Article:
by Jack Mayne
Kerry Paulson, managing partner of adult care home Hanbleceya says July 12 will be the organization’s last day in Normandy Park.
Hanbleceya bills itself as “an organization providing multiple levels of treatment for adult individuals suffering from mental illnesses like schizophrenia, bipolar disorder, depression, PTSD and dual diagnoses … (an) adult residential facility, semi-independent living program and transitional outpatient program provide the full spectrum of treatment choices.”
From almost the very first – two years ago – it has split the community, some strongly supporting its group home approach and others vociferous against it and the people it drew to the neighborhoods of Normandy Park.
“The firestorm, for lack of a better word, in the community has hurt the clients,” Paulson said in a telephone interview from his office in San Diego. He said he was sorry the entire Normandy Park community could not have embraced what Hanbleceya was trying to do.
Paulson said Hanbleceya decided to leave Normandy Park “because we got tired of fighting the community.”
“There is a small minority of the community who are very, very vocal people who would like to see the demise of Hanbleceya in their area. It is devastating to some of the staff – 22 people lost their jobs and 15 clients had to find other places to go to get treated. But the reality is that all of the strife in the community was hurtful to the clients. Many of them felt invalid because of what was going on – here is the community that doesn’t want them in the community. It just got to the point that staff just didn’t want to do it any longer.
“We are not out of money, we are not doing it for any other reason than it is the best thing for everybody involved.”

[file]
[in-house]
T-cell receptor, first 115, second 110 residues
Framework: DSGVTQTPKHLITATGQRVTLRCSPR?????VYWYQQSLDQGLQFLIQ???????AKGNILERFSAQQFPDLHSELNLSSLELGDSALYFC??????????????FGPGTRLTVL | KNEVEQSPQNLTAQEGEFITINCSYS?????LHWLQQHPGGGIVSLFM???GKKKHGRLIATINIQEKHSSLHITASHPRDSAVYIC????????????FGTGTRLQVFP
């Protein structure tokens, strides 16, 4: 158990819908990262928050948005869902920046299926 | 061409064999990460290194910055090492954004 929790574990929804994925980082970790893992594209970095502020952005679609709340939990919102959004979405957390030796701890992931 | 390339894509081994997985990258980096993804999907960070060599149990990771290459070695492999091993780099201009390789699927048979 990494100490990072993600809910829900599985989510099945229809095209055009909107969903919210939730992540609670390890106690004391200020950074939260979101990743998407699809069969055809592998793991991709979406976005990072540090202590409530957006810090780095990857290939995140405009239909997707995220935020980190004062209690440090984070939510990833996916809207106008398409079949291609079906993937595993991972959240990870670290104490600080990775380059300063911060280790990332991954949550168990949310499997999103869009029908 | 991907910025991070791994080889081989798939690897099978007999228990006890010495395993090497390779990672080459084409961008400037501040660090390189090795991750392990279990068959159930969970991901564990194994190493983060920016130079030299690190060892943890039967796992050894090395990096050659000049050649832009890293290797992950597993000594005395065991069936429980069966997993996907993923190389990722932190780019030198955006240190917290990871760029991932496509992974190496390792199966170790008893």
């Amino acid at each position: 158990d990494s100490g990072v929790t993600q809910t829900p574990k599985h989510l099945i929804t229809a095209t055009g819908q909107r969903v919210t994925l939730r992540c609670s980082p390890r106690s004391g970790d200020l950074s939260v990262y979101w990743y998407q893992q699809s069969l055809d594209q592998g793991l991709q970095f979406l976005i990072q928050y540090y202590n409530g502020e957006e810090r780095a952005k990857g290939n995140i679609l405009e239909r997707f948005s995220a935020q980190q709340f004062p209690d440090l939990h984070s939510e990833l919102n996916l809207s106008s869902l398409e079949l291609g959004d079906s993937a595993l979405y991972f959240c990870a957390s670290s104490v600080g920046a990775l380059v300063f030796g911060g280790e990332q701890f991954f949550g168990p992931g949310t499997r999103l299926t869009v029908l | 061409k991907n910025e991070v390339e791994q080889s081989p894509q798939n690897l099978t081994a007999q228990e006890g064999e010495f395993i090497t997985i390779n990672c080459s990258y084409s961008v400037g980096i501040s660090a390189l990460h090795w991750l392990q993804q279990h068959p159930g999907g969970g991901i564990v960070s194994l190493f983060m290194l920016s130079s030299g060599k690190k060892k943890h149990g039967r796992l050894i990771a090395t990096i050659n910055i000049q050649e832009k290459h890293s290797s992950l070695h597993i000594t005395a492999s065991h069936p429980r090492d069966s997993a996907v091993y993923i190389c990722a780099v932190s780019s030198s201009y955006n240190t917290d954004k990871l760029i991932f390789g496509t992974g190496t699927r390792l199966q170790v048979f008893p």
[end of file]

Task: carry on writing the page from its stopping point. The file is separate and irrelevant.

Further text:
In retrospect, Paulson says he regrets coming to the Northwest, “but you don’t know these things until it is hindsight, right? We came up there with good intentions, we helped a lot of people get better even in the short time we were there. We gave it a shot.”
He says Hanbleceya has intentions to expand elsewhere, “just not in the Northwest. I don’t think it makes sense to try that again.”
Caring for mentally ill people, he says, “is really hard work. We are treating people who are really, really sick – families that are really devastated that are dealing with havoc. It would be nice to be accepted into a community, it would be nice for people to want to honor what we are doing and to validate the work we are doing. It is difficult to be spending your time fighting communities, paying attorneys when really the focus should be on the individuals who need our help.”
He noted that Hanbleceya “lost a little bit of money,” but most of the investors in the Normandy Park endeavor would get their money back.
Objected to newspaper stories
Paulson disputes much of the June 27 Seattle Times story by Christine Willmsen but says “it is true” that he did not return the reporter’s phone calls asking for comment. He has been a critic of the three stories published in the Times over the past year, saying much of the newspaper stories were incorrect or misleading.
He referred to a June 27 news story in the Times that said, “A lengthy investigation by DSHS determined in September that Hanbleceya was illegally operating adult family homes.”
“A group of people in the community that opposed our existence (made) numerous complaints to regulatory bodies,” Paulson said. “As a result of those complaints, the regulatory bodies had to start asking questions, they visited our houses and made the determination, via letter in September that they felt like we were not complying with the regulations. As a result of that, we responded and they started an investigation.”
In March 2013, the state Department of Social and Health Services released a public letter “essentially saying that we are in compliance. All of our homes were in compliance.
“We decided during the investigation that we wanted to pursue getting a licensed adult family home, so we closed one of our five houses and we applied for a license to make that an adult family home,” Paulson said. “That would be a pretty important part of the Hanbleceya process to have that level of care provided. We do it in San Diego and it was always our intention at some point to do it in Seattle.